“At first glimpse, you could perceive elegance, history and above all the enchanting power of the nature surrounding the construction, all magically preserved there. The match between the old countryside villa and the majestic lure of the garden was just breathtaking — but unfortunately damaged by a big car park lot built to separate the house from the garden,” he said.

Belotti said the idea that popped immediately into his mind was how to restore the harmony and the connection between these two spaces. “And that, at the same time, was the biggest job and challenge I had to face. The building complex, with its geometrical and simplified horseshoe shape, was originally designed to embrace a hexagonal pavilion, the garden and the pond behind it; and there we should have returned it to its original purpose.”

The simple lines of the buildings were softened by curvy finials, and dragons on the ridges of the roof were designed to contrast the irregular and natural shapes of the garden.

“Together with the architects team from Dedo Design, led by my friend Nunzia Carbone, Luca Crespi from Crespi Bonsai for the garden design and Ivan Corradi for the interior decorations, we decided to renovate the space by preserving the original ‘roots’ of the Chinese culture and by adding here and there elements of other origins,” he said.

Driven by the aim to create a more sophisticated harmony, they tried to re-center the yin and yang of the complex. “We knew how difficult it could have been and we were aware about the skepticism that we could have faced from the purists and the orthodoxies of traditional fengshui, but we tried to immerse our own alternative perspective and taste into the oceanic Chinese design,” he added.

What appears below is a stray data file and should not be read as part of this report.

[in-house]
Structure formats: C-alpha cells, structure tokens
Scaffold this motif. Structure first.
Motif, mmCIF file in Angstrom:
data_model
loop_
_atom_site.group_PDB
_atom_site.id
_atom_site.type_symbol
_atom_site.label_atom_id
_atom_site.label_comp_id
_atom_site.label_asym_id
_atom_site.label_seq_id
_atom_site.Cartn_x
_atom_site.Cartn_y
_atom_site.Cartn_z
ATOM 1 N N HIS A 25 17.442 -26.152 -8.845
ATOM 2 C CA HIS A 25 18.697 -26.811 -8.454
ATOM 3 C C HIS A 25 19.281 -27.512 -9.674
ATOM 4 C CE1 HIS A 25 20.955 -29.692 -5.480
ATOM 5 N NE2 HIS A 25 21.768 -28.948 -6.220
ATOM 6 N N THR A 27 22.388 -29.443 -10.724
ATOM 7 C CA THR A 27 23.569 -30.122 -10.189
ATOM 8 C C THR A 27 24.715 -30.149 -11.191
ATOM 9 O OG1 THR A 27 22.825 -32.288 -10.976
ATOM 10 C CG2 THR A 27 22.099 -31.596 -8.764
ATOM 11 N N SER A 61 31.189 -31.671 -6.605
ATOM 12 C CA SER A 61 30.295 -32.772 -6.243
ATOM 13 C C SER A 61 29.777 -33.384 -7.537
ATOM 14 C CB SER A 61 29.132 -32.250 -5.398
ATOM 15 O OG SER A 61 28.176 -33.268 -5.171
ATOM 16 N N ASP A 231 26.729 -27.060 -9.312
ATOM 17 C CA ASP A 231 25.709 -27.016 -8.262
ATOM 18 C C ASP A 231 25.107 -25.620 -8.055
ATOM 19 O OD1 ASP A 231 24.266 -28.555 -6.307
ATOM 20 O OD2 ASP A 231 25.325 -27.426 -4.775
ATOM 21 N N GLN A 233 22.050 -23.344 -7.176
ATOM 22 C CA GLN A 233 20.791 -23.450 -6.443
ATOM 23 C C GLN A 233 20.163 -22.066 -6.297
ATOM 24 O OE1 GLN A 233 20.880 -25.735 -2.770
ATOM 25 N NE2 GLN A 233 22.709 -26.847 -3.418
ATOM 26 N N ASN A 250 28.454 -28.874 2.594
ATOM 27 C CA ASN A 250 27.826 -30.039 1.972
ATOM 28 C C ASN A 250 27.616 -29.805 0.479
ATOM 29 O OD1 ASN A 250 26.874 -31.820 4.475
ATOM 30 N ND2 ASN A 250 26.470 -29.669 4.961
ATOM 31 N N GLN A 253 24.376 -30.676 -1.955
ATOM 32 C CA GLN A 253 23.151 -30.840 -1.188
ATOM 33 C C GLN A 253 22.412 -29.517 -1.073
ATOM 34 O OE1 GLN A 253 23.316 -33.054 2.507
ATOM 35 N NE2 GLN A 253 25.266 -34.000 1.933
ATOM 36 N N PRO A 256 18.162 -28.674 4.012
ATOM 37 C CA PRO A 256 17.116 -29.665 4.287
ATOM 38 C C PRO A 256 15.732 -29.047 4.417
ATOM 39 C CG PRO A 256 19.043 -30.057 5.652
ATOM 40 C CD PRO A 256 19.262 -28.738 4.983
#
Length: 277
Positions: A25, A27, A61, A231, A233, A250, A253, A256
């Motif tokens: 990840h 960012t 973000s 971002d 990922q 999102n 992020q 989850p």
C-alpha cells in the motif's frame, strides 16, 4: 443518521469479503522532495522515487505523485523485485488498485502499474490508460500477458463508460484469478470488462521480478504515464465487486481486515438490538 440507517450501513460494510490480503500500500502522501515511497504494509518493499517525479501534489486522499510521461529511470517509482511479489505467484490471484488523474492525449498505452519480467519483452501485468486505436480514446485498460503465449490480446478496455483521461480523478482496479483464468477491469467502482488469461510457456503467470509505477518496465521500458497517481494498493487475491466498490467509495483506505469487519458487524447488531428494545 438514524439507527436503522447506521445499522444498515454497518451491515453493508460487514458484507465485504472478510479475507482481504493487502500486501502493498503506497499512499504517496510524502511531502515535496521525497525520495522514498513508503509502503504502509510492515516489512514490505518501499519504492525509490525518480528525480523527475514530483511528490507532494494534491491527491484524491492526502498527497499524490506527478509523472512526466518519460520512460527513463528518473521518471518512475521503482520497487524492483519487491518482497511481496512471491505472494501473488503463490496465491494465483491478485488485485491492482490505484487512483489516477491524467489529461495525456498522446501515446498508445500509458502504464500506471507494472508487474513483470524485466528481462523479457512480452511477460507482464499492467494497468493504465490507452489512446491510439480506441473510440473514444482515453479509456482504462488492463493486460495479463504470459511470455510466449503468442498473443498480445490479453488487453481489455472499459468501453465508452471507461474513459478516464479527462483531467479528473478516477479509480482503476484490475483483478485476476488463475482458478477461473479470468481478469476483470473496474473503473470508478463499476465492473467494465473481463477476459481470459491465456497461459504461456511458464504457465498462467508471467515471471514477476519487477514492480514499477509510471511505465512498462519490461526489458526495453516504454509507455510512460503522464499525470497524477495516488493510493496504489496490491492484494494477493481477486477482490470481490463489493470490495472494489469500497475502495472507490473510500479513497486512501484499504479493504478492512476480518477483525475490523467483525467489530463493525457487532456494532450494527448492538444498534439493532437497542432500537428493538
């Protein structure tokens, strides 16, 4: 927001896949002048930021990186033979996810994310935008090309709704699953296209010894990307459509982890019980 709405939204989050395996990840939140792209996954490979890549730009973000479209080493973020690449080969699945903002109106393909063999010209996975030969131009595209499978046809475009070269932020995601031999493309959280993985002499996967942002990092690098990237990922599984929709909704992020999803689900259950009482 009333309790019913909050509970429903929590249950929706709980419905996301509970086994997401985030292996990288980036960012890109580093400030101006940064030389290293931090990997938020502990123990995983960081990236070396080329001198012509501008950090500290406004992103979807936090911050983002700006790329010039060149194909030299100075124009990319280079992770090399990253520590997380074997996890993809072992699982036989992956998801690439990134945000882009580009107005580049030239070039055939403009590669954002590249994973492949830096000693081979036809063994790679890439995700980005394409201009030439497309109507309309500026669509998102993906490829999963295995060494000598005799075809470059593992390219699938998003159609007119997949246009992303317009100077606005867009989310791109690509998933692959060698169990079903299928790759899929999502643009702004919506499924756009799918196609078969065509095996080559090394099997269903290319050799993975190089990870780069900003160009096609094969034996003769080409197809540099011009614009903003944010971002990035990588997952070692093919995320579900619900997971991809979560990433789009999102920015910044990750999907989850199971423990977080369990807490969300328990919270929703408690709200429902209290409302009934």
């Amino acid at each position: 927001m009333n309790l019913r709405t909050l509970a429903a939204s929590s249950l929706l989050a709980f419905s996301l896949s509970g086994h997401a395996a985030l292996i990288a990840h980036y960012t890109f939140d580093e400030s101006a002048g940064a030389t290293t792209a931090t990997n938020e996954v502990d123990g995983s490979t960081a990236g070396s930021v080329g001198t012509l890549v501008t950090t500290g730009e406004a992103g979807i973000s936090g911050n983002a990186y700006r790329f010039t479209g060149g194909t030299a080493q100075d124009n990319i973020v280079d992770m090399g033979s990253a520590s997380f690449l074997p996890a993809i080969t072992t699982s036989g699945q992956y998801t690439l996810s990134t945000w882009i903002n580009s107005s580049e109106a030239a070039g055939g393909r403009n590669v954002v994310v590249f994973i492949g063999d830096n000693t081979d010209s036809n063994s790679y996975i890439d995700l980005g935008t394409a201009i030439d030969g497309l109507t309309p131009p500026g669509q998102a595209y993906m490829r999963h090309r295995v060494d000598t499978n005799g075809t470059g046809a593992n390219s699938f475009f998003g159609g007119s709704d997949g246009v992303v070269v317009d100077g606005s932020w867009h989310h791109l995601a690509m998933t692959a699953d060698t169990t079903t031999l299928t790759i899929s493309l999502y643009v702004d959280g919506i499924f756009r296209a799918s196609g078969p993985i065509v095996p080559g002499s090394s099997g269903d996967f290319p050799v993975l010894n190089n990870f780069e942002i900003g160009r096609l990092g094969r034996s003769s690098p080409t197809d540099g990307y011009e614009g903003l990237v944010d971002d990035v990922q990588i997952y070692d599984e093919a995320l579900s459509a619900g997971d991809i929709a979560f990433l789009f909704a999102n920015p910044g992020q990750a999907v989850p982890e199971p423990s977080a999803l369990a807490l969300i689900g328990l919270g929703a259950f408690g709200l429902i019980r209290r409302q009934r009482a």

After working out several options, they recognized that the most exciting idea was to introduce a “flying platform” to replace the fracture created between the buildings and the gardens by the car park and to “blend” them into a new dimension.

“We decided then to work not only on the space… but on time elements as well. So precast concrete and steel panels integrated by water, natural stones, and ‘green’ were nested together around the buildings,” Belotti said.

The same concept of playing with space and time was applied to the renovation of the garden and the restoration of its interiors.

In one of the blocks designed to be a leisure area, Belotti and his team entirely eliminated the ceiling to display the original wooden roof beams. On most of the walls, they also decided to remove the plaster to display the bricks underneath. These touches brought in an extra dose of grace as well as a sense of age.

New elements derived from Japanese and Italian cultures were then brought in to complete the existing Chinese design. Colors were also reduced.

“To activate further the entire atmosphere, we put a lot of emphasis on the lighting. Most of the visitors are astonished to see how the garden and the building totally change their appearance at night when the entire place magically lights up,” Belotti said.

Beauty of bonsai

Belotti said he has always been seduced by the appeal of greenery. “I still remember my first bonsai and the way it was collected from the mountain more than 25 years ago. Nice memories are also connected to those beautiful evenings at the bonsai club in my hometown, Brescia. Those were really magic nights spent debating with older friends about bonsai shapes or techniques. The bonsai stimulated my artistic side and the technical side as well,” he said.

Before coming to China, he followed the bonsai movement in Italy and adopted a Japanese style based on the ideal of perfecting nature.

“When I came to China I realized that there was another way to conceptualize the bonsai and it was more natural, not formal, and oriented to the imitation of nature. I learned from Chinese culture that any ‘imperfection’ of nature could be a beautiful and unique feature to enhance.